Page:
Heated bakery display cases

Why bakery display case size matters 

Size matters, but not perhaps the way you think it does. Baked goods have a limited shelf life, so even if you have room for a large floor model, a smaller display case may be better for your needs, saving space, energy and money. 

Sizes of display cases can range from small countertop units to 96-inch-high floor models, and in widths from 36 to 77 inches. Width is important—after all, you want the unit to fit into the space you’ve earmarked for it—but height is also crucial because you want customers to be able to see the items you want to sell. 

The theory is that the greater the height of a unit, the more a customer can see and the more money you can make. But placing items at eye level, say, on a cake plate on a countertop can have the same effect. 

Bakery case design and materials 

There are a number of different display case designs, but the two you will mostly come across are straight cases or curved cases. 

Straight display cases present a more traditional look. The glass (or acrylic) is actually slanted slightly, about 12 degrees, to avoid reflection from overhead lighting obstructing the view of the foods in the case. 

Curved display cases are slightly more expensive and are considered more contemporary. They offer a better view of your product from the top because the glass curves back instead of stopping—this can make them a better choice for showcasing baked goods. 

Glass is beautiful, durable, versatile, looks expensive and has the price tag to match.. It’s also fragile and can crack, break or shatter, which is why acrylic (also known as plexiglass) can be a better choice. It is stronger and less likely to break than glass; it is also lighter, which makes it easier for self-serve customers to open doors. Acrylic is more malleable, too, so you can find unique design options for your establishment. 

Bakery display case doors 

If you operate a self-service establishment, opt for a case that can be opened from the front. If your business is full service, then choose a case that can only be opened from behind the counter. There are dual service “pass-though” models as well, which allow staff to load the case from the back while customers serve themselves from the front. 

Note that in some regions, health requirements demand full-service cases for health and sanitation reasons. Also note that mirrored end panels or rear doors can make a display case appear fuller and bigger.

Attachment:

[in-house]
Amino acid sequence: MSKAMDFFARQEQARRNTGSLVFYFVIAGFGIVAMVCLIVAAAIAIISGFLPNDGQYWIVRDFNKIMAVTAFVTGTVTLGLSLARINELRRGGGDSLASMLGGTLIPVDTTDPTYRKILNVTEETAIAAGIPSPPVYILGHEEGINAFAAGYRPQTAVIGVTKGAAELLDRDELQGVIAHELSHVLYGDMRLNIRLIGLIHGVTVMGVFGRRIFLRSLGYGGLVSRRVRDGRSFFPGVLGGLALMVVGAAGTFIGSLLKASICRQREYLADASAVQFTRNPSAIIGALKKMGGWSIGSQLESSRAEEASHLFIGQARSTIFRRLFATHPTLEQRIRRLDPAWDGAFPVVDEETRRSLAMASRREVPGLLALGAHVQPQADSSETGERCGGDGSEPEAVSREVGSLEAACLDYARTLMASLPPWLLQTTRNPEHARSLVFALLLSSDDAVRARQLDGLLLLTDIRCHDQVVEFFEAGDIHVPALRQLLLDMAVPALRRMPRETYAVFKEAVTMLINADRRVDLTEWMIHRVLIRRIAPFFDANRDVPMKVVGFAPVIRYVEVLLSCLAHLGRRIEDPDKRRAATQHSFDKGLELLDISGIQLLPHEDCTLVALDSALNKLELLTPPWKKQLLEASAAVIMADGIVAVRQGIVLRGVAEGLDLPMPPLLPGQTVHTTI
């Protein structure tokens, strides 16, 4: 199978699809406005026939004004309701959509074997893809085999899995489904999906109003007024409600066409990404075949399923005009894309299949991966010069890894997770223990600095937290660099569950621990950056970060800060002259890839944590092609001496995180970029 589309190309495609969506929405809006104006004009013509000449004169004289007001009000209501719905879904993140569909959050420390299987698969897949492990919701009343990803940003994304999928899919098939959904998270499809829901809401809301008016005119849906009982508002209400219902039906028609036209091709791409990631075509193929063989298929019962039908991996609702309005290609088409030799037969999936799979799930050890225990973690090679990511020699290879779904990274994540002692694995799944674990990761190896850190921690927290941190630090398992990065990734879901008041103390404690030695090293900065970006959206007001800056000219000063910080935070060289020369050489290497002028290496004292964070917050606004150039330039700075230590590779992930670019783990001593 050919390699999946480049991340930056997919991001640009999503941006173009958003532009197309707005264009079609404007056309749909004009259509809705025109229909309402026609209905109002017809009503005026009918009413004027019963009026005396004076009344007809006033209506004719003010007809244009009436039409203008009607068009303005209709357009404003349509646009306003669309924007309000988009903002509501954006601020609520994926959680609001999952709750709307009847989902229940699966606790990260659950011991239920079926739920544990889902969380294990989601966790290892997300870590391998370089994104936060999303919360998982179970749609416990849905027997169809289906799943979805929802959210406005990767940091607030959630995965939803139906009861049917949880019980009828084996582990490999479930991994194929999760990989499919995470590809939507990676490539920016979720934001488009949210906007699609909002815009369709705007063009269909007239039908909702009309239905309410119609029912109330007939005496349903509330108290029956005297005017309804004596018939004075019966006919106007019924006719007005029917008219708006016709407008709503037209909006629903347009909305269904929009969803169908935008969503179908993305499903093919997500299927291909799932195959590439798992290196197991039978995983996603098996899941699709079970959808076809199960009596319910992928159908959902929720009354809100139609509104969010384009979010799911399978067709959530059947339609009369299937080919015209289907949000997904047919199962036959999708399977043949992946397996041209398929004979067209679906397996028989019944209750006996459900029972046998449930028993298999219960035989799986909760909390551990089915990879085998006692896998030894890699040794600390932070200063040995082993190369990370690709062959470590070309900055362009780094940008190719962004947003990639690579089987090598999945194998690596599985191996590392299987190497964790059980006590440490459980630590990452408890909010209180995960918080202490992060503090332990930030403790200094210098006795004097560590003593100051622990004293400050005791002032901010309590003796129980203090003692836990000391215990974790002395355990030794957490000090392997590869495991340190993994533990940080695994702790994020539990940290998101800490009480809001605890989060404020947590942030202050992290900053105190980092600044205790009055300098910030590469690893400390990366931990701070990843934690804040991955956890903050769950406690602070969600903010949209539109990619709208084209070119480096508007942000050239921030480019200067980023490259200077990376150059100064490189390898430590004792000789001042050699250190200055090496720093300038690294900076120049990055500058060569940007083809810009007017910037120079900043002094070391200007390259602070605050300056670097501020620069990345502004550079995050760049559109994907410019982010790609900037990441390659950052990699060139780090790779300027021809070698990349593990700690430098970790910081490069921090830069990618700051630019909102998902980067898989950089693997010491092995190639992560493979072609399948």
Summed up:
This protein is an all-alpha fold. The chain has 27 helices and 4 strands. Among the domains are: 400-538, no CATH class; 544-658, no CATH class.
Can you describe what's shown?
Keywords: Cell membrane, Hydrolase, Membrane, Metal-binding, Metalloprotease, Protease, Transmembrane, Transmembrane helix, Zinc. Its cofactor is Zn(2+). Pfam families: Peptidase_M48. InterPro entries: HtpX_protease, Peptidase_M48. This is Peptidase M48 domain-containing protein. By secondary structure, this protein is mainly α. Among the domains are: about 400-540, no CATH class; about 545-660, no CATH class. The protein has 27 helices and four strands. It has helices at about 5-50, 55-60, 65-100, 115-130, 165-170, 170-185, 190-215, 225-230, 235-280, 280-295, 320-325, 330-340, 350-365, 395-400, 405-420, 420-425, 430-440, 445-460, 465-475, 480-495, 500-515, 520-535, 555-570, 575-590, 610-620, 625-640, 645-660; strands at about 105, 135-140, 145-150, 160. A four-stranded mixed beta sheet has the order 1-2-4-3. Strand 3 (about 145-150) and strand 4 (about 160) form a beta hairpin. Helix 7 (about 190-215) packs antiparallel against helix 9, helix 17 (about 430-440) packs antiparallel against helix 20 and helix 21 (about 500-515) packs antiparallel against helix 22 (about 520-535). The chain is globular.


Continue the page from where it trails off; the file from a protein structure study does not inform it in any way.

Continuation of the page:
Filled bakery display case 

Bakery case shelving 

The type of shelving your display unit has can make a huge difference to the number of products you can display and store. 

Each shelf should be tall enough that you can easily see and reach each item, but not so tall that you’re wasting space—you don’t really need a lot of height unless you are displaying multi-tiered cakes. 

The shelves themselves may be made of wire, plastic, metal, wood or glass—consider how the materials fits with your brand identity and whether it increases or decreases visibility of items in the case. 

Bakery case lighting 

Some bakery cases have illuminated interiors designed to help make products look their best. Depending on the model, some cases use specialized fluorescent bulbs that enhance certain colours or types of products, like red meat or pastries. Sometimes additional interior lighting is an option. Some models have the lighting in the top, while others may have shelf-mounted lighting. In any case, lighting your products is key to their presentation, so make sure the case you’re buying meets your needs. 

Don’t forget: Even if your display case isn’t refrigerated, if it has lighting it will need an outlet nearby, and may need more power than a standard 120-volt outlet can provide. 

Tempt the tastebuds of your customers with a bakery display case that shows off the talents of your bakers. Adding a muffin, cookie, cupcake or square to every order can make a big difference to your bottom line.

Written by Joanne Sasvari